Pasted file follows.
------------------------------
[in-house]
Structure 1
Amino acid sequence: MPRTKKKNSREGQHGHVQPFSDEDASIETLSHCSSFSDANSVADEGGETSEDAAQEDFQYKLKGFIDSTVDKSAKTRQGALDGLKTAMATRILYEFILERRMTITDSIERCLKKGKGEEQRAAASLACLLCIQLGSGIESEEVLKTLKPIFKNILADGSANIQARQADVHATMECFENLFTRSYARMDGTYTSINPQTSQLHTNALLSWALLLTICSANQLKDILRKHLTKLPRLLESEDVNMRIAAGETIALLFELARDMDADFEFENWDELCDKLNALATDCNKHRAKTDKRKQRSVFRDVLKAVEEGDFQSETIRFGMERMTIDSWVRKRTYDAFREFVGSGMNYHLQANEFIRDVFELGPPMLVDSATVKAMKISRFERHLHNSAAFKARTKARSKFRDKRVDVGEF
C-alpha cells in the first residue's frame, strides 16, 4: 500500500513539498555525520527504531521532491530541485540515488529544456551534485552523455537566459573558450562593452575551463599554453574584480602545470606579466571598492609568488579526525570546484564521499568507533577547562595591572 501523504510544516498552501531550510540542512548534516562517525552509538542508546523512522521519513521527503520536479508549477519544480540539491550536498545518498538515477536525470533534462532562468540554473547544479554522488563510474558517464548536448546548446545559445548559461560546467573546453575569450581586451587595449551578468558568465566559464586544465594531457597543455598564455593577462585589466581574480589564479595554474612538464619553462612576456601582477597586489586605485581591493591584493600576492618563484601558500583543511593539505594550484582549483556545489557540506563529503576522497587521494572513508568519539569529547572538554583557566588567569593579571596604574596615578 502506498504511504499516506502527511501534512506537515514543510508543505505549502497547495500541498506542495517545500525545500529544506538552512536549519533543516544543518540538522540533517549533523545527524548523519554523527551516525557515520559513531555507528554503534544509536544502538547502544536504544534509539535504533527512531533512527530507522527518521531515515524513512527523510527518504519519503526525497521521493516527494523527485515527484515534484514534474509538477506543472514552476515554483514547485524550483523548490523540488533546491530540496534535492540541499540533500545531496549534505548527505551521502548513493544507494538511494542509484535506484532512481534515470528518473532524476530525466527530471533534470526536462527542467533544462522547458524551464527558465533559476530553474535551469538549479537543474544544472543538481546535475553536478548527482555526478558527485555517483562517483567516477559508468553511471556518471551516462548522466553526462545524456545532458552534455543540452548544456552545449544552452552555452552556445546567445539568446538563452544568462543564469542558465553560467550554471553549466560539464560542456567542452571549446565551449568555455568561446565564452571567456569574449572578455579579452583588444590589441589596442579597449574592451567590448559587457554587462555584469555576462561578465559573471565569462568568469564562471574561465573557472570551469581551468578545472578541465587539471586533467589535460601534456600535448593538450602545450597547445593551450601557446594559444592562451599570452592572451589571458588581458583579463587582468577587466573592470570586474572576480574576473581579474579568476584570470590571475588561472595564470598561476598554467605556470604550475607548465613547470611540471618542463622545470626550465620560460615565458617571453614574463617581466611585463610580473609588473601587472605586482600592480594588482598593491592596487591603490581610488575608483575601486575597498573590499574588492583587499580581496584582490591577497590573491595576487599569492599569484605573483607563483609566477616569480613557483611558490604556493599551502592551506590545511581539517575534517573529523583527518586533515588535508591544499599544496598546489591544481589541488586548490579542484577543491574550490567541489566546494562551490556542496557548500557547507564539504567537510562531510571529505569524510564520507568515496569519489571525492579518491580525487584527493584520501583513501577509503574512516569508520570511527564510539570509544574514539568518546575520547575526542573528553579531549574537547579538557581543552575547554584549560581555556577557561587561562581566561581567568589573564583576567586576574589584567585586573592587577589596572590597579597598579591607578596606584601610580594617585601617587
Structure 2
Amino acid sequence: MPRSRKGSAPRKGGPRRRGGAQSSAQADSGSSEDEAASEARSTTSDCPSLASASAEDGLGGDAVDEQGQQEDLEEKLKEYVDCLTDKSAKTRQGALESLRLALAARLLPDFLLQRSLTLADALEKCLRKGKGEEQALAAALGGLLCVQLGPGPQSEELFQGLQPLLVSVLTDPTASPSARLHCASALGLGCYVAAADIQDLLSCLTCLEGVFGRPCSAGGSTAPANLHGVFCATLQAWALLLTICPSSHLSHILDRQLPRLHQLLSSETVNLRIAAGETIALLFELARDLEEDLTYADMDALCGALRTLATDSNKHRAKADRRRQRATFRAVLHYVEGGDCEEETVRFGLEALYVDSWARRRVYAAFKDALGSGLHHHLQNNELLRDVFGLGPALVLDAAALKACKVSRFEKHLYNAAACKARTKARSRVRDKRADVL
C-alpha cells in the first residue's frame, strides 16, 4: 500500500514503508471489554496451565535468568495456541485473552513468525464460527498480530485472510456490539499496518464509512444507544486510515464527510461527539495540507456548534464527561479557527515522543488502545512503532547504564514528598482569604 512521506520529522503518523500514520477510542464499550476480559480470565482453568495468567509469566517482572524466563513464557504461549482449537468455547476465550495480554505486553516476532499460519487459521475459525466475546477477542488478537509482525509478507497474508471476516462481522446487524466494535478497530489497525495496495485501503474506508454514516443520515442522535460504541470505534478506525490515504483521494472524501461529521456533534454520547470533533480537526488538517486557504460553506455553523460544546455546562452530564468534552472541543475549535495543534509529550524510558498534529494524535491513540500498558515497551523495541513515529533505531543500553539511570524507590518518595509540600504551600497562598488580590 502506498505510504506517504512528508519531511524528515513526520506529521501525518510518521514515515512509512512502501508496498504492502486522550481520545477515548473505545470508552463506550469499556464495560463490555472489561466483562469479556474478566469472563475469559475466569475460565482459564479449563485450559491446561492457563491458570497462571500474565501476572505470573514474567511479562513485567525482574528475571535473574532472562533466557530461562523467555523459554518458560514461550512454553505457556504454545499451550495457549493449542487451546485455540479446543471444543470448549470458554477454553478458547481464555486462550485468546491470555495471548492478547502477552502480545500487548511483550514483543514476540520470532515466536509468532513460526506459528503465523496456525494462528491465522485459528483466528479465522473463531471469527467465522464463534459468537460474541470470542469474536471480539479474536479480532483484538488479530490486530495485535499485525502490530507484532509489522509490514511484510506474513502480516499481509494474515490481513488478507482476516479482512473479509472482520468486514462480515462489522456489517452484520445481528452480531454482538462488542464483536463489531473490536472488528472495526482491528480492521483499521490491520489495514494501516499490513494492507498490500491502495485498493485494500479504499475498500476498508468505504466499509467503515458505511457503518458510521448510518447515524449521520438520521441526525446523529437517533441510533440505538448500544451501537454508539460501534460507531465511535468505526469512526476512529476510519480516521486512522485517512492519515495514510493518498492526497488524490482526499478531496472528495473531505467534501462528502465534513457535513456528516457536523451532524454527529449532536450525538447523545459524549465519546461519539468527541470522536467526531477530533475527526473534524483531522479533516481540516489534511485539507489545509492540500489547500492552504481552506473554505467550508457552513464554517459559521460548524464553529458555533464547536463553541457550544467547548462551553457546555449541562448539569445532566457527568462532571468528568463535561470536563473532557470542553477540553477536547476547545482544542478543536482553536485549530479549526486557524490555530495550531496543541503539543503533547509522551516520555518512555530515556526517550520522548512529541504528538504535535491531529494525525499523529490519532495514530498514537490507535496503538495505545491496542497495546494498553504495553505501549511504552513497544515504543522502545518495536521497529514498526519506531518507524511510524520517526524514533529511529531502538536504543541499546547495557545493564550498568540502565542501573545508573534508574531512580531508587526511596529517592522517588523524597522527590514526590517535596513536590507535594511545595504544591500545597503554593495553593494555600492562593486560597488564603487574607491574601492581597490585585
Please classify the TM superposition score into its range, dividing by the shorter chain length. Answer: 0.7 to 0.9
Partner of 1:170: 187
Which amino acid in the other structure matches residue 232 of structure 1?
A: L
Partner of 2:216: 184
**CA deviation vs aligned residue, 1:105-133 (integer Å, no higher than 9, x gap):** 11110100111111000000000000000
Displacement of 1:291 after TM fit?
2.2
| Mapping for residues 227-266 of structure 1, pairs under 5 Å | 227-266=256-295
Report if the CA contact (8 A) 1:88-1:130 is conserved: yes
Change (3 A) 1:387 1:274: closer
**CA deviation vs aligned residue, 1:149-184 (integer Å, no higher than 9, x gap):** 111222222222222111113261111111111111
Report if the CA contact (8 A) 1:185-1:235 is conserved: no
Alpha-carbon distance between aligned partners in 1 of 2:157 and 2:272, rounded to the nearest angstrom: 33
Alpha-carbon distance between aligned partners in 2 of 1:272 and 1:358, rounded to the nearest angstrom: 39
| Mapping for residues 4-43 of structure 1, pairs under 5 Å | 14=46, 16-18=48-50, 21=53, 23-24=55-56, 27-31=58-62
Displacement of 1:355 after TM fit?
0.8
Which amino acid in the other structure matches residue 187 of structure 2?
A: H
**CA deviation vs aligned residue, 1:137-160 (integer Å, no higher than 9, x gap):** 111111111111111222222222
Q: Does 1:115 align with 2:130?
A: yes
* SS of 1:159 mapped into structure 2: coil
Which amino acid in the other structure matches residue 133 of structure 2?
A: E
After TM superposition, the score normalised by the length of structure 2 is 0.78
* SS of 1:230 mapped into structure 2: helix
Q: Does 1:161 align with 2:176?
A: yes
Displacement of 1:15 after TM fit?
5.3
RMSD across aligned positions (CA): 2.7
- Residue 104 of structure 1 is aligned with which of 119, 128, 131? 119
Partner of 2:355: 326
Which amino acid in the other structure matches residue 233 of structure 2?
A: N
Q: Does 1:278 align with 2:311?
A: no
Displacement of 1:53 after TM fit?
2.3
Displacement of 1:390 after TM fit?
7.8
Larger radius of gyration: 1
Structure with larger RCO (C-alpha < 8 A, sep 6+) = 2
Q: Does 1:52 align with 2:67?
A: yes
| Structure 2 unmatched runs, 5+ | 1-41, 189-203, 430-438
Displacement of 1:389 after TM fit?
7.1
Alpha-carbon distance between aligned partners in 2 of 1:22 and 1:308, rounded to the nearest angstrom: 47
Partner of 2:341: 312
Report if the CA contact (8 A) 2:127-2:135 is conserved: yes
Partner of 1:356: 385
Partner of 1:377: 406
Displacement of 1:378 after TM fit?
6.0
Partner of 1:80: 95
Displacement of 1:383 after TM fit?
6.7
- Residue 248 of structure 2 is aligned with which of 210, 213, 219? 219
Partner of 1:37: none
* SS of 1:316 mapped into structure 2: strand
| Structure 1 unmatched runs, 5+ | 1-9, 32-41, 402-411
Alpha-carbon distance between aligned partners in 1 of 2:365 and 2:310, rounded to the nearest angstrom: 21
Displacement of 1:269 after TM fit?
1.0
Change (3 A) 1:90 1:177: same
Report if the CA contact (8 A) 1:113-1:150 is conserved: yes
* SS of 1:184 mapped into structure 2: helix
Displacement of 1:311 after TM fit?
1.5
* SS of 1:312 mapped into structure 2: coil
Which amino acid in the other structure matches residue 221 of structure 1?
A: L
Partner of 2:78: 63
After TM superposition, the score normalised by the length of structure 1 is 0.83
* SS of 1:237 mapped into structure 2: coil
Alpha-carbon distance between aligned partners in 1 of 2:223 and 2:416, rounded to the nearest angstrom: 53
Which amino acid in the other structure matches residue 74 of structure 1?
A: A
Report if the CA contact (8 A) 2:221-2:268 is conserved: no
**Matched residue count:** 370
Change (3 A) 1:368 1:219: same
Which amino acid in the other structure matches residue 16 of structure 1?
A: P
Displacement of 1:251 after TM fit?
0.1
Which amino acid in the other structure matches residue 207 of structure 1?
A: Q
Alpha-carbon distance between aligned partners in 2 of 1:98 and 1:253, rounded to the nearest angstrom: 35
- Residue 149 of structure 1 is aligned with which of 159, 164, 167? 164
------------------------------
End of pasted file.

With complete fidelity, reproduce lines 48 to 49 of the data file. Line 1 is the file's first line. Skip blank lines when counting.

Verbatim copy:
2.3
Displacement of 1:390 after TM fit?